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Underground Lake Found on Mars

  • 26 Jul 2018
  • 2 min read

Using a radar instrument on an orbiting spacecraft, scientists have spotted a sizable salt-laden lake under ice on the southern polar plain of Mars.

  • It represents the first stable body of liquid water ever found on Mars.
  • The body of water has been called a possible habitat for microbial life.
  • The reservoir is roughly 20 km in diameter, shaped like a rounded triangle and located about 1.5 km beneath the ice surface.
  • If confirmed, the buried pocket of water could answer a few questions about where Mars’s ancient oceans went, as well as provide a resource for future human settlements.
  • Moreover, such a feature may be an ideal habitat for extraterrestrial life-forms.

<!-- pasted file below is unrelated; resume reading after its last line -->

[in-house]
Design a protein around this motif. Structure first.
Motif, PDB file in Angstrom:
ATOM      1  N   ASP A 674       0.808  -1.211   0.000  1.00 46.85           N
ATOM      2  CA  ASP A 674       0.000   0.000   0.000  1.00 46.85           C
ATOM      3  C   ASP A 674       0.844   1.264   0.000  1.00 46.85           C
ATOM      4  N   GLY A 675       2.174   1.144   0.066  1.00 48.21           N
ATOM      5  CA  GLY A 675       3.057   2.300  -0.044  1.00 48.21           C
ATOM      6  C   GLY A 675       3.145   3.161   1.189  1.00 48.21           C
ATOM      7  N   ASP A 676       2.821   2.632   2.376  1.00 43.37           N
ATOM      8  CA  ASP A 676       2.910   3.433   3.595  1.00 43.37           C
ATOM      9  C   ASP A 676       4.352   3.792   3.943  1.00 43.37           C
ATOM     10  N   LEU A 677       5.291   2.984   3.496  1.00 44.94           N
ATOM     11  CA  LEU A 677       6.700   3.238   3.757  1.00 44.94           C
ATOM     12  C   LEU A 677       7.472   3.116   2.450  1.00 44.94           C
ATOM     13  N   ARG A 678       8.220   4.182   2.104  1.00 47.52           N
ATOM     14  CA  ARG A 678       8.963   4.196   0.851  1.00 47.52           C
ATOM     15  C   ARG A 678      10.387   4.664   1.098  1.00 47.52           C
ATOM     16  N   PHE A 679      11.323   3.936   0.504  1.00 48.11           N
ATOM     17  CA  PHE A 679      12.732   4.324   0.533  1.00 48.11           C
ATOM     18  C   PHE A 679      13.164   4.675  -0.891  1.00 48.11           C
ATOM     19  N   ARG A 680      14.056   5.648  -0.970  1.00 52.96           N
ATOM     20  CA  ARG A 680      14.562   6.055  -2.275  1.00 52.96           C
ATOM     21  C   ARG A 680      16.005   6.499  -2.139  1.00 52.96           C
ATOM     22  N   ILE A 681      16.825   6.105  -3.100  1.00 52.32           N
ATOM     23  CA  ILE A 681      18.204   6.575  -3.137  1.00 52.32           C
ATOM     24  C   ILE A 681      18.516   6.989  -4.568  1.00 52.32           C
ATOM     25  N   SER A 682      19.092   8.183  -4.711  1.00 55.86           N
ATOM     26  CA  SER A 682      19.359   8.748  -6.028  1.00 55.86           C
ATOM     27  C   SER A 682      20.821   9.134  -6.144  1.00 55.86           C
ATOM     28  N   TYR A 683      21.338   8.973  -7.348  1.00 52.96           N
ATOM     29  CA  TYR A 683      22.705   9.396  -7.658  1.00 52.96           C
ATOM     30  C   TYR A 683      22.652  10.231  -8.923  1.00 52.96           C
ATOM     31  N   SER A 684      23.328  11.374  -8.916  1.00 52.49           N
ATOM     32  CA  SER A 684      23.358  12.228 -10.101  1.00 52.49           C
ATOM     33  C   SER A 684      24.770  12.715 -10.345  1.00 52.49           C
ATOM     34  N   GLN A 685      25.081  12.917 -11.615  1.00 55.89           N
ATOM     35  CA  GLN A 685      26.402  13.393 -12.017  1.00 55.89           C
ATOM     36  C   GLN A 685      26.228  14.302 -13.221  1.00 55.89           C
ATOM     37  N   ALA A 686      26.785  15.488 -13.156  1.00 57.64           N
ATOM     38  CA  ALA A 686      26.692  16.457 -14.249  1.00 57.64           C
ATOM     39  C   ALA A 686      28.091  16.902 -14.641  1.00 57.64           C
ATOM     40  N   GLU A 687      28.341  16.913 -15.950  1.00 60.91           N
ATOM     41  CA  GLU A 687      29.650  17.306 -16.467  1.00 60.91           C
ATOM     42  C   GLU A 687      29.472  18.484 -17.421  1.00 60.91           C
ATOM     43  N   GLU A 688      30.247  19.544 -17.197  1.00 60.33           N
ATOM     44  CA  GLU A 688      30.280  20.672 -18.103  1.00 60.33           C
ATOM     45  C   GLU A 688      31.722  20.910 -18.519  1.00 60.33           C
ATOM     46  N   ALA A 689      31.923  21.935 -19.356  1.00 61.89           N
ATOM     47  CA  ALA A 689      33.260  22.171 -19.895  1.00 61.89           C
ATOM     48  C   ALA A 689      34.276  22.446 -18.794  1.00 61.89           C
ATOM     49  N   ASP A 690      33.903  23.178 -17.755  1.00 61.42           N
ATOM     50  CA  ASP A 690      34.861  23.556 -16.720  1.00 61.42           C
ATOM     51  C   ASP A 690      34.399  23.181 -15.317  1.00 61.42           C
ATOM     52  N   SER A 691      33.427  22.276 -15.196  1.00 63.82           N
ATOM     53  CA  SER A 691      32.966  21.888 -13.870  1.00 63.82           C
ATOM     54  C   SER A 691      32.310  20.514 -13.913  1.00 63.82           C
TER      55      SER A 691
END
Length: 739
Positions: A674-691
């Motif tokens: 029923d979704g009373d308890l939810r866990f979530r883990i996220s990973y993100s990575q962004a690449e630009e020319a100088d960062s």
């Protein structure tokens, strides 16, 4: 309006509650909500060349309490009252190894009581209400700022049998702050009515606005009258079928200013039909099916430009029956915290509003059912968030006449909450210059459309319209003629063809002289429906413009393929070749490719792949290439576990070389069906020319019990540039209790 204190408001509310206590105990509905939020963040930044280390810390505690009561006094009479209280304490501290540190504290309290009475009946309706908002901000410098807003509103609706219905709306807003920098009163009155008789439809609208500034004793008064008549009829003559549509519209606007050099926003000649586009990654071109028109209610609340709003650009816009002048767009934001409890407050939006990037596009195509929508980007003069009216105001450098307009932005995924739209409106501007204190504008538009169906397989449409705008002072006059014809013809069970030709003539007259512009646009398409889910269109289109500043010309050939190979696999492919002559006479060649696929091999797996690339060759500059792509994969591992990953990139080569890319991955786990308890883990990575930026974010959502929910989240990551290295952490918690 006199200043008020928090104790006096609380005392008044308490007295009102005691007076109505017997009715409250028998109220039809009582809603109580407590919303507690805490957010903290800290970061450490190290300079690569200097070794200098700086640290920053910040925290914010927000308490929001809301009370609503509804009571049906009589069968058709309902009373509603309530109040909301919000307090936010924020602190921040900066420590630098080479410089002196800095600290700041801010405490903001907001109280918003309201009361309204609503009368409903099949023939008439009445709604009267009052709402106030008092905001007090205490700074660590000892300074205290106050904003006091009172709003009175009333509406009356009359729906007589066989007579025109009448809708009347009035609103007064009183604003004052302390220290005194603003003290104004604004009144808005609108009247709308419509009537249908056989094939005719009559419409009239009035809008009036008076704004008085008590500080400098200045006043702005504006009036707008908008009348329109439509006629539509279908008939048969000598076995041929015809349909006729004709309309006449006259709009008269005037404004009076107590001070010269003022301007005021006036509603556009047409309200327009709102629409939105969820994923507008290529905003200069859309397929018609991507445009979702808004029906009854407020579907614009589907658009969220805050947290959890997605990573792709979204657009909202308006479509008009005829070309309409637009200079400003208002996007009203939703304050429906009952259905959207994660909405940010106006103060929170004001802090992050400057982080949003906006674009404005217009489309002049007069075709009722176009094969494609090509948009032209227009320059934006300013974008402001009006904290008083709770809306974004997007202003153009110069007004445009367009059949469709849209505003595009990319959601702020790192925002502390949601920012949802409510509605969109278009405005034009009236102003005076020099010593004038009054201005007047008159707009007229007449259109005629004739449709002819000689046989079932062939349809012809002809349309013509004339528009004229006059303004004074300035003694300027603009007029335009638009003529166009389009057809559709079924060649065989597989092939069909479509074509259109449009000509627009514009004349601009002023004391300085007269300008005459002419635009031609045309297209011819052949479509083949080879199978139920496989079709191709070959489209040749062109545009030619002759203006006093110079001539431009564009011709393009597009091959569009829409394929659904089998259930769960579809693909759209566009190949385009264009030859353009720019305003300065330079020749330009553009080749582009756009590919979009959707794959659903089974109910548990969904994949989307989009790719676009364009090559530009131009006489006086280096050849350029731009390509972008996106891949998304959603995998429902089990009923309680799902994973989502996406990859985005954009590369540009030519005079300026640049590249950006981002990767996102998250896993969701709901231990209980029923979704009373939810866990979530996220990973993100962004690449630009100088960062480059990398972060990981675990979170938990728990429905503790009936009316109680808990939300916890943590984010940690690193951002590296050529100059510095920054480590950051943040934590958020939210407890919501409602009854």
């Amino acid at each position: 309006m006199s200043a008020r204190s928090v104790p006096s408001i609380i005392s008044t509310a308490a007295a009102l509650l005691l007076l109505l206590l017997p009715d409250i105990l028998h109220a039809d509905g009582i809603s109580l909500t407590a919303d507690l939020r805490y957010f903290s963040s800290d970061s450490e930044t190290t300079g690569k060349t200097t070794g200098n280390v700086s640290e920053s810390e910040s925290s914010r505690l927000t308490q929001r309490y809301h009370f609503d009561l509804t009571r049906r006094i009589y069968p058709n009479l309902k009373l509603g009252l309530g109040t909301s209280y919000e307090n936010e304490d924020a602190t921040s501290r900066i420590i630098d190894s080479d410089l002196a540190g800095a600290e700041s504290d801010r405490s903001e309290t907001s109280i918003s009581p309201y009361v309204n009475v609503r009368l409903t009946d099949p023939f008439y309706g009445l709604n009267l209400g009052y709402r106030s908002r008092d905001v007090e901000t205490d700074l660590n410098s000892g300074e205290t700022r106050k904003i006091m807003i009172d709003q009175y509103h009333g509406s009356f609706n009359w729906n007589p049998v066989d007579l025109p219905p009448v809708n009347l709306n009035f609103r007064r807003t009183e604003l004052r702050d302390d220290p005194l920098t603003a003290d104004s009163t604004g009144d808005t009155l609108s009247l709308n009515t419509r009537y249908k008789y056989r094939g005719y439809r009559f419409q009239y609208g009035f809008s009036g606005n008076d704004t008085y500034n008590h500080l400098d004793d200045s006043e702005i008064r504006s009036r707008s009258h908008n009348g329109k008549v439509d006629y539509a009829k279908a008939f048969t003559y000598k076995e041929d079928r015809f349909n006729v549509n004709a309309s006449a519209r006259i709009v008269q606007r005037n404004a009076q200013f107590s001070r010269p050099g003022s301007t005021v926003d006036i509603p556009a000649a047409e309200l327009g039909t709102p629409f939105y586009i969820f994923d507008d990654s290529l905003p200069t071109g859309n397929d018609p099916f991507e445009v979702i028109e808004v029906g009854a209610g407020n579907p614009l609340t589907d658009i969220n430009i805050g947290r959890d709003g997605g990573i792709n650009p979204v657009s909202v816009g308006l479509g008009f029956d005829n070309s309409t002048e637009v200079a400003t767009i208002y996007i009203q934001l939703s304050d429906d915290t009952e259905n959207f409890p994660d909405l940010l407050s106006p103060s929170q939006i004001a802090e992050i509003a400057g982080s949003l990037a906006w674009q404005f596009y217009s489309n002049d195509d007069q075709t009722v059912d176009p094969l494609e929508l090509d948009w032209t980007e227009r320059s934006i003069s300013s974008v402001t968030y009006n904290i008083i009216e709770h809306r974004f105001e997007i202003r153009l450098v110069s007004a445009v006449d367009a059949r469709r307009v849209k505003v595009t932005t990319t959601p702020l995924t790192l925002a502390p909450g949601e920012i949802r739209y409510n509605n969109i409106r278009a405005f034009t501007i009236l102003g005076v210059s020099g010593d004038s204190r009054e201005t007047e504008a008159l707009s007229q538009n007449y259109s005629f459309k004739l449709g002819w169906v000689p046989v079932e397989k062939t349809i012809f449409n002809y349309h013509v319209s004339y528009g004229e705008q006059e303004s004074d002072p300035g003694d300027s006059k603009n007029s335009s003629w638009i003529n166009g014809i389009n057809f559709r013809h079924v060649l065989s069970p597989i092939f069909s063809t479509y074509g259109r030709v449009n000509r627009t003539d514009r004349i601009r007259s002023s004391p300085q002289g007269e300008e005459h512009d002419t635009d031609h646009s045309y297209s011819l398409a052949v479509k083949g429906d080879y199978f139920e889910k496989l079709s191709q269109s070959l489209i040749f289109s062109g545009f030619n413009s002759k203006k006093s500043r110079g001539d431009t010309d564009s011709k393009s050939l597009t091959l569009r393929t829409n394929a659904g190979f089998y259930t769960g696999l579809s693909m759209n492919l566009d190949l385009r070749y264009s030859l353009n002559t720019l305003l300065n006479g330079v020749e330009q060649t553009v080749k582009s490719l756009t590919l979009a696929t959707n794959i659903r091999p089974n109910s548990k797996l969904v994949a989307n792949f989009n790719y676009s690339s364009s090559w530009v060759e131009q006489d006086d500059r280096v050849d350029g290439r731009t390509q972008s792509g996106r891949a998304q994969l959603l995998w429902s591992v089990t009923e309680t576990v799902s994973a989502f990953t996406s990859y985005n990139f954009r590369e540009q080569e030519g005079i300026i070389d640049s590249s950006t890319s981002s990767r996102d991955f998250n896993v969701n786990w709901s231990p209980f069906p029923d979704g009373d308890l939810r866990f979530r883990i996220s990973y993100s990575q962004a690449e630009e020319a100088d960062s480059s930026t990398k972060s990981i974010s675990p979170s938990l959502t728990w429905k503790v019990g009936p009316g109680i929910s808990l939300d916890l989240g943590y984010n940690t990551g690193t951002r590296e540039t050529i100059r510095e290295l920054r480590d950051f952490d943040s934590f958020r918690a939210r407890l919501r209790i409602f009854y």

• However, the researchers have said, it could take years to verify whether something is actually living in this body of water that resembles a subglacial lake on Earth.
Note:
  • The evidence comes from an instrument called MARSIS aboard the European Space Agency's Mars Express spacecraft in orbit around the Red Planet. MARSIS is a special kind of radar called ground-penetrating radar.
  • Ground-penetrating radars use radio signals that are capable of penetrating into the ground and then get reflections from the material under the surface.
  • Such radars are useful when searching for liquid water because water is a very strong radar reflector.

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